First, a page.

After extensive capacity building in farm entrepreneurship, the farmer trainer will be encouraged to take competency certification tests from the Technical Skills and Development Authority (TESDA). His/her farm lot will also be certified as practical learning sites. Members of the network of practical agriculture learning sites will soon be opened to visitors as part of an advocacy to promote the idea of “farm tourism.” By promoting farm tourism, the SPA learning sites will become tourism spots where actual agricultural activities can be witnessed and learned by visitors. It will also set the inclusion of community activities to show the beauty of agricultural landscape which can attract hands-on practice for students, educational tours for local government officials, extension workers and even researchers.

The SPA will serve as a venue for interaction among farmers including tourists on the commodity production management as a vehicle for information sharing and technology transfer. It will further harness the full potential in the resource-rich farming/fishing communities towards a holistic and integrated community-based agri-business-eco-tourism program which will uplift the quality of life of the people in the rural areas.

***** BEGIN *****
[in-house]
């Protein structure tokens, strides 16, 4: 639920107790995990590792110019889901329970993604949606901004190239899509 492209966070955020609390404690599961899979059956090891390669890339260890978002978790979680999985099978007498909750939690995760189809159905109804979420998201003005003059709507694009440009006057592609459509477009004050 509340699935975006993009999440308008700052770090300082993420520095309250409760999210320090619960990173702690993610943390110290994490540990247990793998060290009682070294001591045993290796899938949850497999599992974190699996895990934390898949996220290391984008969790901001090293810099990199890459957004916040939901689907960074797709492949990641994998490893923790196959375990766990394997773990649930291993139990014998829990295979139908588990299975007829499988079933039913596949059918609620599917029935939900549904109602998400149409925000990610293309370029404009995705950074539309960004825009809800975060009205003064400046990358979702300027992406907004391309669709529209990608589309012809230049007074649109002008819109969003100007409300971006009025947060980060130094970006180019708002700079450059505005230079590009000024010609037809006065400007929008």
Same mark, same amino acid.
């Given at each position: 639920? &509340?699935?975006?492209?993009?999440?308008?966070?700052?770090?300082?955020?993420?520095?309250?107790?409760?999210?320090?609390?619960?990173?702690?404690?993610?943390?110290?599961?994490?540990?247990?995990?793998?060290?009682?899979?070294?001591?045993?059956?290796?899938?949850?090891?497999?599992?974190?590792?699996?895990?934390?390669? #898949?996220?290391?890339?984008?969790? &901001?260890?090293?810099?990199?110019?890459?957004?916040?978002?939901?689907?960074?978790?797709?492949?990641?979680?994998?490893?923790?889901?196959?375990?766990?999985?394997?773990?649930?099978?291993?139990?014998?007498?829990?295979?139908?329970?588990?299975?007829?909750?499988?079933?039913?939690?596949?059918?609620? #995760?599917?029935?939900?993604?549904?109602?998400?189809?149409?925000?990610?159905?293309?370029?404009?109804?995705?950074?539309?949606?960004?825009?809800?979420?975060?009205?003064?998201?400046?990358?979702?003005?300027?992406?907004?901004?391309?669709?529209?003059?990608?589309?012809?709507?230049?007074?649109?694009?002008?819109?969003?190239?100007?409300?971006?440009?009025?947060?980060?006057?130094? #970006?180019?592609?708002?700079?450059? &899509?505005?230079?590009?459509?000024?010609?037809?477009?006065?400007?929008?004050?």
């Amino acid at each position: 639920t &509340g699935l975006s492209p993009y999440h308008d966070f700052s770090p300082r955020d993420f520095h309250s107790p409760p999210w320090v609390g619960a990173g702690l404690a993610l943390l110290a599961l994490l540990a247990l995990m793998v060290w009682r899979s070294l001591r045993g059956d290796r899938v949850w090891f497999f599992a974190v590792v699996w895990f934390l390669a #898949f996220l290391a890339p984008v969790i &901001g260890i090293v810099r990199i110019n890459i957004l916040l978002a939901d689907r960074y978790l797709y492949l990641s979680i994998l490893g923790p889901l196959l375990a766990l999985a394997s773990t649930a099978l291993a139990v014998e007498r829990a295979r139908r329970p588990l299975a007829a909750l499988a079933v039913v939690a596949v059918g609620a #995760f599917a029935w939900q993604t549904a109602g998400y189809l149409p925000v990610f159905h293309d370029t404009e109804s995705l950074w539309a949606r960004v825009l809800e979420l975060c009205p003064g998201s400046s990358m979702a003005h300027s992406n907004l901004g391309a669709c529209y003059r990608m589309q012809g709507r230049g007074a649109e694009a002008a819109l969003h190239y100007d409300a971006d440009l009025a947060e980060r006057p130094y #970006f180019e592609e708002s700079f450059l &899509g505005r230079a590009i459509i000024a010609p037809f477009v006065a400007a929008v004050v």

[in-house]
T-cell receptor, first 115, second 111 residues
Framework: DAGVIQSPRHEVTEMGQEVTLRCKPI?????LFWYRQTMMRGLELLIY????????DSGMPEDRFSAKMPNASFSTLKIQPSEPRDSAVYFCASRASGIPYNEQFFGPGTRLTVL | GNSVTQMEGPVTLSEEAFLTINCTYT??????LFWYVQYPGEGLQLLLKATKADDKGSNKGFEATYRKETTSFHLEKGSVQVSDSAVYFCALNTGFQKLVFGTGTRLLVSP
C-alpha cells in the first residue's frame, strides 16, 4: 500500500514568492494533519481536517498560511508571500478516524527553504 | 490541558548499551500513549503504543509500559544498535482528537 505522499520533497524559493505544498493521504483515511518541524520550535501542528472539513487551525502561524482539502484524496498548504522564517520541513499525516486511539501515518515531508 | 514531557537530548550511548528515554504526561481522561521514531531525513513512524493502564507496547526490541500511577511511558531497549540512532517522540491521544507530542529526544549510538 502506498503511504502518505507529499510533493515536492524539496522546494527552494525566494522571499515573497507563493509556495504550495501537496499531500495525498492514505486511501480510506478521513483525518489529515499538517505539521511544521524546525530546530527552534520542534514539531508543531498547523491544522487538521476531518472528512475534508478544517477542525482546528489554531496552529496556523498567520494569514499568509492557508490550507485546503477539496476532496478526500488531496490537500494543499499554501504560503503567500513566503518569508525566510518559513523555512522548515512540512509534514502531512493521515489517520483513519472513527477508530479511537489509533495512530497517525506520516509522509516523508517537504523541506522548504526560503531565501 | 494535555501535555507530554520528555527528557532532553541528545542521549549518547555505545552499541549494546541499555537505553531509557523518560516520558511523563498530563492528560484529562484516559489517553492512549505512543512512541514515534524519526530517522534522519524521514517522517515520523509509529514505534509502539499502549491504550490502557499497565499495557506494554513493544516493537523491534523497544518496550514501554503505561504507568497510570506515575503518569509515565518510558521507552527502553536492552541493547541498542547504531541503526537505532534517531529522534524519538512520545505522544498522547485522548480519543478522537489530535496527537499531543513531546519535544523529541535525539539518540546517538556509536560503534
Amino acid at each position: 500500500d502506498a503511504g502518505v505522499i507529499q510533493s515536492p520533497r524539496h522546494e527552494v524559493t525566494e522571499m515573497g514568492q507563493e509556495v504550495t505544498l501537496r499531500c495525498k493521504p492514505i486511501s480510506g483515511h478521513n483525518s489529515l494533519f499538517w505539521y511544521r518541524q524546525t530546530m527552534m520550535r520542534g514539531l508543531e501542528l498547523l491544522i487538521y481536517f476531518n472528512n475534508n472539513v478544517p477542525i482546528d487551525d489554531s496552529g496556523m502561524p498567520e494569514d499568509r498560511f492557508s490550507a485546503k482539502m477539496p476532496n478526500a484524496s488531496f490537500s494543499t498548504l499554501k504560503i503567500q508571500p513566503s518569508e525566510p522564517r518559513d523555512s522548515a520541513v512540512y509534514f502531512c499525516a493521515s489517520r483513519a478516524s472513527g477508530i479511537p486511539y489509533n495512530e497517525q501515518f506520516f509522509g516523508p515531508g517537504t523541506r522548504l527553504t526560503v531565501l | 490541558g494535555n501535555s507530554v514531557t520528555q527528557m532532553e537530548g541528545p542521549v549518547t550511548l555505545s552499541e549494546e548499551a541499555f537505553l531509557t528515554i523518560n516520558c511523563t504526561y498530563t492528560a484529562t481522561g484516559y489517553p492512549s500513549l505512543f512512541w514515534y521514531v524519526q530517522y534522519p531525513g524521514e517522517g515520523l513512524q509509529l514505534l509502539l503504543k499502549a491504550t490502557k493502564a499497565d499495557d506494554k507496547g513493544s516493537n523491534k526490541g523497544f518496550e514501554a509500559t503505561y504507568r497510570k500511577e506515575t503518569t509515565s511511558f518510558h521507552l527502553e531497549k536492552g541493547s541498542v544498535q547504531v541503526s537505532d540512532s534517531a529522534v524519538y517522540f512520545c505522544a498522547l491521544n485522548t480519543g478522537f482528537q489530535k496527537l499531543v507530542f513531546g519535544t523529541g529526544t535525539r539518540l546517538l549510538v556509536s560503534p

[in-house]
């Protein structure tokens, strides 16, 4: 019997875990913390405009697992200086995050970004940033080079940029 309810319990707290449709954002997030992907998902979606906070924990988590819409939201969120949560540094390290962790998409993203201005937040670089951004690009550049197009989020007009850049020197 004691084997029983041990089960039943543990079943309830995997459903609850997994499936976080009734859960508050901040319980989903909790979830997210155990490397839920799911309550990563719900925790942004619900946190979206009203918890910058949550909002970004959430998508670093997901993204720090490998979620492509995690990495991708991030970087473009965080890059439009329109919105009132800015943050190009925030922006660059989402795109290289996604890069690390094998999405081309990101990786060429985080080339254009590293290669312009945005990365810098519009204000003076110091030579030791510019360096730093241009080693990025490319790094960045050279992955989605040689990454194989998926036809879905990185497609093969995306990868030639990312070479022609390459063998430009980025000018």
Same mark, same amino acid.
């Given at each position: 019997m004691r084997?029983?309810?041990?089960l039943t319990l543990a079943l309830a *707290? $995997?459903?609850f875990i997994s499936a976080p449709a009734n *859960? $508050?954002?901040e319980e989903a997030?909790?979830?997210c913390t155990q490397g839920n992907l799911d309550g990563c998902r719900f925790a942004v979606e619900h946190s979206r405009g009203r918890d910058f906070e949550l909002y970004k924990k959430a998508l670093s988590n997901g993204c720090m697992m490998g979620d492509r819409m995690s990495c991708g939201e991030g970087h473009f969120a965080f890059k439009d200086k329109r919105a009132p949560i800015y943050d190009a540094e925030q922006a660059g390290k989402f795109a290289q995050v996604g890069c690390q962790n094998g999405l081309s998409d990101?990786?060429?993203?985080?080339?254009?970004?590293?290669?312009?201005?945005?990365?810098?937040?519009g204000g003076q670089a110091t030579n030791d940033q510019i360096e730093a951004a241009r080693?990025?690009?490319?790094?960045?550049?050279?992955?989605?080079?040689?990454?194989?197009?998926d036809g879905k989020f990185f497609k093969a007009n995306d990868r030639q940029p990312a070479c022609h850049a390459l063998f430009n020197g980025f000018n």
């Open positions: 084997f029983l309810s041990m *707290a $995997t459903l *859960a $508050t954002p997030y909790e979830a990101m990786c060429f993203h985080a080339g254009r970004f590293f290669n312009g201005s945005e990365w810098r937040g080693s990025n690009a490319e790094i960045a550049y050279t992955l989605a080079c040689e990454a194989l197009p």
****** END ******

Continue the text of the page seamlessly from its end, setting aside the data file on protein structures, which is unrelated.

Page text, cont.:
The involvement of the local communities in farm tourism activities can empower farmers, fishers, extension service providers (ESPs), rural based organizations (RBOs) and indigenous people’s (IPs). Moreover, it will build their capabilities and capacities for them to develop and manage agri-business-eco-tourism projects in their areas. Furthermore, it gives support to the agricultural and rural development programs as well as tourism initiatives aside from strengthening public-private partnership through investments and provision of counterpart funds. The “farmers assets” will surely be harnessed and developed as a viable production occupation, source of income and livelihood.

Specifically, the SPA is designed to:

  1. Develop farmers and their farms as viable and productive occupation and source of income and livelihood;
  2. Build capabilities and capacities of farmers/fishers,  ESPs, RBOs, and IPs for them to develop and manage agri-business-eco-tourism projects in their areas;
  3. Develop and implement agri-business-eco-tourism projects in municipalities and establish one-stop-shops showcasing the products and resources of the communities;
  4. Strengthen public-private partnership through investments and provision of counterpart resources; and
  5. Document the project’s success stories.

The basic principles in this program are that farmers will evolve as teachers/educators for other farmers in the community and the farmers’ farm will be the demonstration area/practical agriculture learning sites for the farmers and those aspiring to engage in farming. In choosing the farmer to be the community teacher under the SPA, the following criteria are set: